CNN  — 

Czech beach volleyball players Markéta Sluková-Nausch and Barbora Hermannova are coming to terms with being ruled out of the 2020 Tokyo Olympic Games as the European team grapples with a growing Covid-19 problem.

Sluková-Nausch’s positive result was announced on Thursday, as she became the fifth member of the Czech Olympic team to have tested positive for Covid-19 in Tokyo.

“We cried, then we swore, then we cried again,” said Sluková-Nausch, whose positive test also rules out her playing partner Hermannová from the Games.

“I am just hoping that no other athletes will follow us, because I think that something like this is a nightmare for any athlete, for any Olympian, who gets this far, this close to the Olympic competition,” added Sluková-Nausch.

Later on Thursday, a sixth member of the Czech team – cyclist Michal Schlegel – tested positive, according to the Czech Olympic Committee (COC), which has launched an investigation into the alleged breaking of Covid-19 rules on a charter flight from Prague to Tokyo at the end of last week.

Simon Nausch, who is Sluková-Nausch’s coach and husband, also tested positive on Tuesday.

“I know that many much worse things are happening around the world right now, but truthfully, in our own sporting micro-world, the world we have lived in and are living in now, it is extremely sad for Bára [Barbora Hermannova] and I that our journey to Tokyo, the journey that was meant to be a pinnacle, had to end in this way,” said Sluková-Nausc in a statement provided to CNN by her representative.

Sluková-Nausch prepares to serve against Sarah Pavan and Melissa Humana-Paredes of Canada.

Tokyo was due to be the third Games for Sluková-Nausch and the second for Hermannová. The pair were scheduled to open the Olympic women’s beach volleyball tournament against Japan on Saturday, July 24.

‘It hurts terribly’

Following a report by the Czech online news site Seznam Zpravy, the COC confirmed that the first member of the Czech delegation to Tokyo to test positive for the virus was one of the team’s doctors, Vlastimil Voracek.

Voracek tested positive after the team’s arrival in Tokyo. His previous test, taken the day before departing for Tokyo, was negative.

Following a report in Czech media that he had not been vaccinated against Covid-19 despite being eligible for the shot and despite the fact that the COCe “strongly encouraged” all participants to get vaccinated, Voracek issued a statement in which he denied breaking any rules.

“The organizers stipulated their rules for athletes and those accompanying them. Vaccination was voluntary,” he said in the statement quoted by the Czech official news agency CTK.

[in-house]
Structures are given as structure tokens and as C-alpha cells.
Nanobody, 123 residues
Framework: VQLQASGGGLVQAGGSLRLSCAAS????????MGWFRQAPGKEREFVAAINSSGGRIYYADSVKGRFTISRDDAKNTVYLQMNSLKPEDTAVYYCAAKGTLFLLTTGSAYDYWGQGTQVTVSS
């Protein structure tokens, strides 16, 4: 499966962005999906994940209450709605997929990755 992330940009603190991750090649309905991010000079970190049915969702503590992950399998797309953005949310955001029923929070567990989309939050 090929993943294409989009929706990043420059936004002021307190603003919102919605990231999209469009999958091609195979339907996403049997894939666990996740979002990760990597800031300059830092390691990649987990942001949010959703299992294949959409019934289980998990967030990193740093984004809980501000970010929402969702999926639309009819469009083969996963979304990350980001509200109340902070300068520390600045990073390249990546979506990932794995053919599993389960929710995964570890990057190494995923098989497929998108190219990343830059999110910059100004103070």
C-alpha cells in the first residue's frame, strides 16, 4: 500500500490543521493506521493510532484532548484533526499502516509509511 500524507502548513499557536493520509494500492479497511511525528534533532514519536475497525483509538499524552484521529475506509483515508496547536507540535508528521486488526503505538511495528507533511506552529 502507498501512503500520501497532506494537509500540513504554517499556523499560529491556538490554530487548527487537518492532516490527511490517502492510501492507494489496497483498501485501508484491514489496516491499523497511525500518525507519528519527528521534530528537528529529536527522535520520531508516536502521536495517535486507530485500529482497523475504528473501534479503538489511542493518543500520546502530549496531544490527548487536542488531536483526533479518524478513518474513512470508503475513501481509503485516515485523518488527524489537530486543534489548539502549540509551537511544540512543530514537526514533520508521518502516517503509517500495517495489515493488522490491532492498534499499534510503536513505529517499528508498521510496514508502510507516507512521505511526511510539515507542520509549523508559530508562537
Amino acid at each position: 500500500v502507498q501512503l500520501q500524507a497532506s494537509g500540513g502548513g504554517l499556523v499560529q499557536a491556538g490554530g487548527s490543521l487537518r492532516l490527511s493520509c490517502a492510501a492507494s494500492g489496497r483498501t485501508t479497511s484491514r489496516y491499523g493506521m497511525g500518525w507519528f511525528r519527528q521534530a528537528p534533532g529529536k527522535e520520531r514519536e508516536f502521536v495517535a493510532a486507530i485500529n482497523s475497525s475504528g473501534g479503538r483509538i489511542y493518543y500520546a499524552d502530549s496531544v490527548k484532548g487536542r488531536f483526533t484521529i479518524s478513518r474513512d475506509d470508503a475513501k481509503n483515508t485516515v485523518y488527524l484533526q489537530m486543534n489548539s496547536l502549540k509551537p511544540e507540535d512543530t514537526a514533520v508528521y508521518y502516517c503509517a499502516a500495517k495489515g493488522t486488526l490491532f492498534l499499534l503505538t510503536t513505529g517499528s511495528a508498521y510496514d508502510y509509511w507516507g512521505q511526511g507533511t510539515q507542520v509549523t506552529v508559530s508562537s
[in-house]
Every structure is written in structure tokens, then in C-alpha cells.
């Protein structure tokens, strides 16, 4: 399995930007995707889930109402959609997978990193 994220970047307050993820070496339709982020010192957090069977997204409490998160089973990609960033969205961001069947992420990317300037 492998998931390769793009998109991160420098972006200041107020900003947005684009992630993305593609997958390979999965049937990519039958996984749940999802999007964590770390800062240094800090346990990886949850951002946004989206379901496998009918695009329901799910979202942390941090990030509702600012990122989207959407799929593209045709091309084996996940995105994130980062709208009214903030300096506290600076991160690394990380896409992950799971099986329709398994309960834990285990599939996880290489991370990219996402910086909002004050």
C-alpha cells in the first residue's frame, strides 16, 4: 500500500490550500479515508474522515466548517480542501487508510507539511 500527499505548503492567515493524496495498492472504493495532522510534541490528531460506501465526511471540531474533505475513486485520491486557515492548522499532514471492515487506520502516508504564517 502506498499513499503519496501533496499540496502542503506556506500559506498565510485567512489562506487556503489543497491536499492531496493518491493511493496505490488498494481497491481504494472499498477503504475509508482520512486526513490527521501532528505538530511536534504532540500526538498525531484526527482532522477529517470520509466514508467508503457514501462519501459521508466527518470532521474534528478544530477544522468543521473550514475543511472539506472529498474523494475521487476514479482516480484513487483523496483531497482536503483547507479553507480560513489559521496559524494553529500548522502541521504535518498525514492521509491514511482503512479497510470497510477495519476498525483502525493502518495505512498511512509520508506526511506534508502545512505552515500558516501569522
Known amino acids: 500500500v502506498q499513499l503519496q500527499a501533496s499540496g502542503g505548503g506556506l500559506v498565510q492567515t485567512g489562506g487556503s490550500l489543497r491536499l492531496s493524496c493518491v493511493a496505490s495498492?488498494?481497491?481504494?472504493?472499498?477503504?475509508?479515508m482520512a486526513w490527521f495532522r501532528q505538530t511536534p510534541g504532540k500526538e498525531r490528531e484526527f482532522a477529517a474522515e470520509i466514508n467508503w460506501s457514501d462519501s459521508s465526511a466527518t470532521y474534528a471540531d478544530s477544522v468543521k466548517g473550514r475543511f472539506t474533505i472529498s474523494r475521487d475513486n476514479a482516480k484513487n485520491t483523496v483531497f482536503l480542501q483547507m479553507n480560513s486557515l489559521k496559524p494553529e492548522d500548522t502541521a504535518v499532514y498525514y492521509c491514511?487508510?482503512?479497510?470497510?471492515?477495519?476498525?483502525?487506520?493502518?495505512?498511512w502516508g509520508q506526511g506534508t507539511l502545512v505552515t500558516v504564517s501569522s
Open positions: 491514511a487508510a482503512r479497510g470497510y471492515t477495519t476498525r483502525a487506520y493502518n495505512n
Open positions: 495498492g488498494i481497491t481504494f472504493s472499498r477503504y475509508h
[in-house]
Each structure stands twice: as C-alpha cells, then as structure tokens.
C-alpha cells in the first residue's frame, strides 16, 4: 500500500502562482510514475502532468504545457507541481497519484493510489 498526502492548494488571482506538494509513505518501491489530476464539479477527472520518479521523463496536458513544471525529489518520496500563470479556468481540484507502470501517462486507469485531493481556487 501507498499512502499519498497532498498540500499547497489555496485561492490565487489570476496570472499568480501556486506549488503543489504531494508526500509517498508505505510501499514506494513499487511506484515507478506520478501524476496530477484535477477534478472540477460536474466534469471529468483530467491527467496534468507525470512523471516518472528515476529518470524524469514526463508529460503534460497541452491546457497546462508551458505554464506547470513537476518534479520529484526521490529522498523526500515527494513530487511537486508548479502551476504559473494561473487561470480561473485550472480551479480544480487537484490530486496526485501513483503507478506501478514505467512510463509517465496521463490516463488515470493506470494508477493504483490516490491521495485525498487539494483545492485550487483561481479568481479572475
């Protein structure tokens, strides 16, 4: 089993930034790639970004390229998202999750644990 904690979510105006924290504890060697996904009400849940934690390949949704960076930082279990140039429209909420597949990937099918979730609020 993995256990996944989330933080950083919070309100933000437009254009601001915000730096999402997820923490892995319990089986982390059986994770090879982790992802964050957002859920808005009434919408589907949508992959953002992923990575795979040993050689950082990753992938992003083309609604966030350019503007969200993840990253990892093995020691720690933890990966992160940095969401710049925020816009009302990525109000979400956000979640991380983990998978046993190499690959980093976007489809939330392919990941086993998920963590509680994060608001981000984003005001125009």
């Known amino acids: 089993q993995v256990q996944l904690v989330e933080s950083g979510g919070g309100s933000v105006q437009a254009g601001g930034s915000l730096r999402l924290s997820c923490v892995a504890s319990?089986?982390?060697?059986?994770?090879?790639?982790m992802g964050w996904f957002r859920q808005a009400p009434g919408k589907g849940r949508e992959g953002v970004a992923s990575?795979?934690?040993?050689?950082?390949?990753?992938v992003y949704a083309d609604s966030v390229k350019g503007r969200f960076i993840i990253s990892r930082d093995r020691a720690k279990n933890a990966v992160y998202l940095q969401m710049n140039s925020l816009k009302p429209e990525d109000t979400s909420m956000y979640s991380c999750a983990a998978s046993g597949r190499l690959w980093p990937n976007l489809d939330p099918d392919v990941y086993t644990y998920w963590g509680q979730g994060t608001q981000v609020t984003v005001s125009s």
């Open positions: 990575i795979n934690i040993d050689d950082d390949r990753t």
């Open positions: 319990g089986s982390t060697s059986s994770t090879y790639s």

Voracek travelled to Tokyo from Prague on a special chartered flight last week. Five other passengers from the flight, including four Czech athletes, have since tested positive for the virus.

The statement from Voracek came just as the COC announced cyclist Schlegel had tested positive for Covid-19 and won’t be able to participate in his race.

The result of the COC’s investigation into the alleged breaking of Covid-19 rules on a charter flight from Prague to Tokyo will be published within 14 days.

Sluková-Nausch said she discovered she traveled on a flight with an individual who tested positive for Covid-19 right after her arrival in Tokyo.

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Hermannova passes the ball to Sluková-Nausch.

“I was tested roughly eight times in the past 24 hours, some results were positive, some were ambiguous, some were negative, but unfortunately, the final verdict is that I’ve tested positive and that means that we will not be able to play at the tournament,” the 33-year-old added.

“It hurts terribly and I haven’t processed this whole situation yet and I don’t know how to deal with it all.”

The 33-year-old is the fifth member of the Czech Olympic team to have tested positive alongside Pavel Širuček and men’s beach volleyball player Ondřej Perušič.

‘Absolutely incomprehensible’

Filip Neusser, the Chairman of the Czech National Sport Agency, the government body that is in charge of sport funding, criticized the COC and said the investigation must not be run by the committee itself.

“I have already agreed this with [the Czech health minister] Adam Vojtech, the investigation should be lead by experts from the centre for disease control,” Neusser said in a Tweet.